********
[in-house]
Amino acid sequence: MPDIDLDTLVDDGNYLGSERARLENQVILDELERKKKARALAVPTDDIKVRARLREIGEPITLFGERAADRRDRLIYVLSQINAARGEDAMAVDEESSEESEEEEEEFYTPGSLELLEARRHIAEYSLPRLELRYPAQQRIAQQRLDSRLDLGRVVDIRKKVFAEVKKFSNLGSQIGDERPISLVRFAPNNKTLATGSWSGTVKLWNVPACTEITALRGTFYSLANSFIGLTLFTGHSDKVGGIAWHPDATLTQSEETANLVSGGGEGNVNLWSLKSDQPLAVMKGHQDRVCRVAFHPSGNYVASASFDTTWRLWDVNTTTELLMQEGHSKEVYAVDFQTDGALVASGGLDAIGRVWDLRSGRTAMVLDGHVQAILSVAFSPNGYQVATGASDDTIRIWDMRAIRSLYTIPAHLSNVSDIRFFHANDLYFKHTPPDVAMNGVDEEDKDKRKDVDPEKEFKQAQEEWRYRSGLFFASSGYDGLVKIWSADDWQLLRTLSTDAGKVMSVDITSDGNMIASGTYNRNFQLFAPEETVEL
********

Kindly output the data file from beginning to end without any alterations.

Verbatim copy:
[in-house]
Amino acid sequence: MPDIDLDTLVDDGNYLGSERARLENQVILDELERKKKARALAVPTDDIKVRARLREIGEPITLFGERAADRRDRLIYVLSQINAARGEDAMAVDEESSEESEEEEEEFYTPGSLELLEARRHIAEYSLPRLELRYPAQQRIAQQRLDSRLDLGRVVDIRKKVFAEVKKFSNLGSQIGDERPISLVRFAPNNKTLATGSWSGTVKLWNVPACTEITALRGTFYSLANSFIGLTLFTGHSDKVGGIAWHPDATLTQSEETANLVSGGGEGNVNLWSLKSDQPLAVMKGHQDRVCRVAFHPSGNYVASASFDTTWRLWDVNTTTELLMQEGHSKEVYAVDFQTDGALVASGGLDAIGRVWDLRSGRTAMVLDGHVQAILSVAFSPNGYQVATGASDDTIRIWDMRAIRSLYTIPAHLSNVSDIRFFHANDLYFKHTPPDVAMNGVDEEDKDKRKDVDPEKEFKQAQEEWRYRSGLFFASSGYDGLVKIWSADDWQLLRTLSTDAGKVMSVDITSDGNMIASGTYNRNFQLFAPEETVEL